Volume #23 - 574.|
EASTERN EUROPE AND THE SOVIET UNION
Extract from Cabinet Conclusions|
March 8th, 1956|
The Minister of Trade and Commerce and Minister of Defence Production (Mr. Howe),
The Minister of Agriculture (Mr. Gardiner),
The Minister of National Revenue (Dr. McCann),
The Minister of Labour (Mr. Gregg),
The Secretary of State for External Affairs (Mr. Pearson),
The Minister of Public Works (Mr. Winters),
The Minister of Veterans Affairs and Postmaster General (Mr. Lapointe),
The Minister of Finance (Mr. Harris),
The Minister of Mines and Technical Surveys (Mr. Prudham),
The Minister of Fisheries (Mr. Sinclair),
The Minister of National Defence (Mr. Campney),
The Leader of the Government in the Senate and Solicitor General ( Senator Macdonald),
The Minister of Citizenship and Immigration (Mr. Pickersgill),
The Minister of Northern Affairs and National Resources (Mr. Lesage),
The Minister of Transport (Mr. Marler),
The Secretary of State (Mr. Pinard).
The Secretary to the Cabinet (Mr. Bryce),
The Assistant Secretary to the Cabinet (Mr. Martin),
The Economic Adviser, Privy Council Office (Mr. Lamontagne).
. . .
POLISH ART TREASURES
32. The Secretary of State for External Affairs referred to his memorandum on the situation respecting the Polish art treasures sent to Canada at the beginning of the last war. These had originally been stored at the Central Experimental Farm. Subsequently, a portion was removed and returned to Poland. The remainder was now distributed between the Quebec Provincial Museum, the Ottawa branch of the Bank of Montreal and, it was believed, a Polish Catholic Church in eastern Ontario.
The Polish government had consistently charged the Canadian government with responsibility for the safe return of these treasures. Canada's position, on the other hand, was that the government had no responsibility for the art collection, and that Poland could have recourse to the courts if it so wished. Recently the legal position had been re-examined, and it seemed that Poland would not now be able to bring civil proceedings before the courts. It was also thought that the Federal government might have incurred a legal responsibility for the protection of the treasures held in Quebec and for their return. It would appear that such parts of the collection within the Federal government's power to return, should be restored. As a first step, the two boxes of treasures held in the Bank of Montreal, most of which appeared to be uncontested Polish state property, might be obtained. Later, when further information was available on the question of ownership of particular pieces, they might be restored to Poland or to individual owners.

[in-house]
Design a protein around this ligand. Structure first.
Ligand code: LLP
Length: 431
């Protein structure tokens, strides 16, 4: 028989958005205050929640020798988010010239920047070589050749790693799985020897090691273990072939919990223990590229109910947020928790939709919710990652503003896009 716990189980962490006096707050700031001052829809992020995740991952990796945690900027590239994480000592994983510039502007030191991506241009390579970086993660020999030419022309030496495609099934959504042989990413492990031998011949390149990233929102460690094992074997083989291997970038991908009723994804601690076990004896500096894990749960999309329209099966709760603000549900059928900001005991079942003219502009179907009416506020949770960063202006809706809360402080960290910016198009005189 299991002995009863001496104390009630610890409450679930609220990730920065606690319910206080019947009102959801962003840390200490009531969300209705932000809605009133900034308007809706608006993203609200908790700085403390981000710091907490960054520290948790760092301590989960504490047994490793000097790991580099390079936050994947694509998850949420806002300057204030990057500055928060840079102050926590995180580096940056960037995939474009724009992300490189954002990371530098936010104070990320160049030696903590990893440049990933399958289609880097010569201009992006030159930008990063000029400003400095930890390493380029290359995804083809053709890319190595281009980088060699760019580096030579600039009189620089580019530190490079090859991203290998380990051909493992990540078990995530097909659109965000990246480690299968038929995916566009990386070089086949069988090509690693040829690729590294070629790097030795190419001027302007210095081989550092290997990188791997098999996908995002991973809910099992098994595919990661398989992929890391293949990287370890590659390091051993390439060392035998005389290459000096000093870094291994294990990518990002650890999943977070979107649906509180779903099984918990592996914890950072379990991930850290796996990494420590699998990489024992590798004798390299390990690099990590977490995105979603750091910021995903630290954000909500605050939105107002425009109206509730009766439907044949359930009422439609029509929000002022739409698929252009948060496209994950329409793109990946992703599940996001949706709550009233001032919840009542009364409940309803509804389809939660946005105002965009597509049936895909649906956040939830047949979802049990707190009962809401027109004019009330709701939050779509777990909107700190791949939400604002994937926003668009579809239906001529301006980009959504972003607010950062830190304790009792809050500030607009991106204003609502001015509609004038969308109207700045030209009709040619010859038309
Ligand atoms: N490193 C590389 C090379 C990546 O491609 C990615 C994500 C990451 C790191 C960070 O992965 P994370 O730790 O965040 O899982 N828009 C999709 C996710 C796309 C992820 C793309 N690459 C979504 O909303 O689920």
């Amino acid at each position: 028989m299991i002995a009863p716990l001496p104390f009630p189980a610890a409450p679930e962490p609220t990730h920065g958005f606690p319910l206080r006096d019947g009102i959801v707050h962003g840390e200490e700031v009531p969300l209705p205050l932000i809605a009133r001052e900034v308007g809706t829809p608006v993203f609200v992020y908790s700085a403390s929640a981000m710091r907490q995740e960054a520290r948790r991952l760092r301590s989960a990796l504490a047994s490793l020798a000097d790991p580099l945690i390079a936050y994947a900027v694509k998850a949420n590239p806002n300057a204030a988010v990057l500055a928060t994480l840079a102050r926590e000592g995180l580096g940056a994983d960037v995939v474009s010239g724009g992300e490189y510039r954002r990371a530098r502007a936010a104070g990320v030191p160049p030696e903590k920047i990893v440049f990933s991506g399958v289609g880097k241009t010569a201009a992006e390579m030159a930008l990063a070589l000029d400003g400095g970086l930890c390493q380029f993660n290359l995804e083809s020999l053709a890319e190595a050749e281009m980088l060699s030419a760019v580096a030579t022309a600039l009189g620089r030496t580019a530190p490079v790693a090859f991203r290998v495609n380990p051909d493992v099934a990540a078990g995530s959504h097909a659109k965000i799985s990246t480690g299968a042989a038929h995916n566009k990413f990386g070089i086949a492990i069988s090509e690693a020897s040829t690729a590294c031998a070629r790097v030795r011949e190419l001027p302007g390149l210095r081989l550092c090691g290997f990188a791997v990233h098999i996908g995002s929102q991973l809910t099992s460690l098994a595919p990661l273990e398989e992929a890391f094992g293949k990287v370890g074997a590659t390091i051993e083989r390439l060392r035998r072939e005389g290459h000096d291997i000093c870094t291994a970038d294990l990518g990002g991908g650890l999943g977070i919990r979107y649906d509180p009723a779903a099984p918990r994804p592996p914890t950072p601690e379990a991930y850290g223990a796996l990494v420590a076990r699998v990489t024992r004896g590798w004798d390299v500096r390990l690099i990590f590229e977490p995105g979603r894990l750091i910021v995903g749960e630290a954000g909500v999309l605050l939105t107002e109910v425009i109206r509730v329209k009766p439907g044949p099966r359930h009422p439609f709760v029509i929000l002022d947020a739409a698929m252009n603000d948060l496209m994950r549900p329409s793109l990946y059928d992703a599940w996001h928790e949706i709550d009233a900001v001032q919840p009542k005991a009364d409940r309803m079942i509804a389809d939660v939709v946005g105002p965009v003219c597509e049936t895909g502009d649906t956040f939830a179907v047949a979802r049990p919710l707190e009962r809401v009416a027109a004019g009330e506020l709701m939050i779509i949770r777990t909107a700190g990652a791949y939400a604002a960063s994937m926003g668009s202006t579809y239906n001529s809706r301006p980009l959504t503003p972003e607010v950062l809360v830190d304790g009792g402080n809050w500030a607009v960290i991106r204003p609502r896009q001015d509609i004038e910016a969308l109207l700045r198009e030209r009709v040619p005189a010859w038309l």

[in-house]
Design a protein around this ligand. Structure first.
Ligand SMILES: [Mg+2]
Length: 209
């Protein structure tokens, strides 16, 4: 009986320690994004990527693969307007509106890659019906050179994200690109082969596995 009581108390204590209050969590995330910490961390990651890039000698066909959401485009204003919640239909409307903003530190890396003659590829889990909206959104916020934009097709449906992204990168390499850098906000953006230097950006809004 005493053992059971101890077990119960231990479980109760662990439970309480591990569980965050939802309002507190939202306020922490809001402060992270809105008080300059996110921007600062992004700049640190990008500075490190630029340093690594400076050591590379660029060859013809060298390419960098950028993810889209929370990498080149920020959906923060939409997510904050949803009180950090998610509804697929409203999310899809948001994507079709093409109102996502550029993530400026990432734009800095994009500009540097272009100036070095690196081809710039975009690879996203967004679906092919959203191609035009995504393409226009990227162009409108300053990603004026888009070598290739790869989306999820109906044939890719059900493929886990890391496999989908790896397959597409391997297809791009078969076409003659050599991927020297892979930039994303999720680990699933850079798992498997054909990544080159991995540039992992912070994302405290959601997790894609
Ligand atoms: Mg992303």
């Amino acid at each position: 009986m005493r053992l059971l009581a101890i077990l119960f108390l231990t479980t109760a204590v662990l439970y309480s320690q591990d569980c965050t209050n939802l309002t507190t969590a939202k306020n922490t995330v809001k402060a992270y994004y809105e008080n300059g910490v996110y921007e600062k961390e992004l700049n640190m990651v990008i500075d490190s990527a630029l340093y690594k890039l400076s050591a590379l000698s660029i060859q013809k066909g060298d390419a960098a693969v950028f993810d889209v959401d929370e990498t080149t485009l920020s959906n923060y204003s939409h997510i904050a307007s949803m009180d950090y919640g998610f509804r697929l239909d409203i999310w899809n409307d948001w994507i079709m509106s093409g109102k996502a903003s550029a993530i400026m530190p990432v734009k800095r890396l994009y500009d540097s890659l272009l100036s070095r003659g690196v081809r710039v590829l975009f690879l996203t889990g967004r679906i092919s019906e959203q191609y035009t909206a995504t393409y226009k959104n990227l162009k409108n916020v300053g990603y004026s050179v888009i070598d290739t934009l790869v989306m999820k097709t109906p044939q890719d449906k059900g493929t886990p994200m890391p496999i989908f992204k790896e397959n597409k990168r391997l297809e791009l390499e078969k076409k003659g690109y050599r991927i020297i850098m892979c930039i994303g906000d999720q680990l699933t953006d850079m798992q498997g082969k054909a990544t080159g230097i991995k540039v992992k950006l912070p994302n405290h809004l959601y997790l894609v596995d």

It was recommended that the Bank of Montreal be given an indemnity against all loss, claims or expense arising from delivery to the government of Canada of the Polish treasures in the bank's possession, and that no announcement be made about this, or no undertaking given at this stage to the Polish government as to the ultimate disposal of this part of the art collection.
An explanatory memorandum had been circulated.
( Minister's memorandum, March 5, 1956 - Cab. Doc. 54-56?)
33. Mr. Pearson noted, however, that consideration of this proposal could be deferred until a more convenient time for discussion.
34. During the discussion it was suggested that the present was not an auspicious time to open up the question, and that it should be deferred at least until after the election in Quebec. It was also pointed out that, by taking over the cases held in the Bank of Montreal and returning the contents either to Poland or to the rightful owners, if they could be found, the government was assuming a responsibility to see that other such treasures held in Canada were returned.
35. The Cabinet deferred decision on the recommendation of the Secretary of State for External Affairs regarding the disposition of that portion of the Polish art treasures held by the Bank of Montreal.
. . .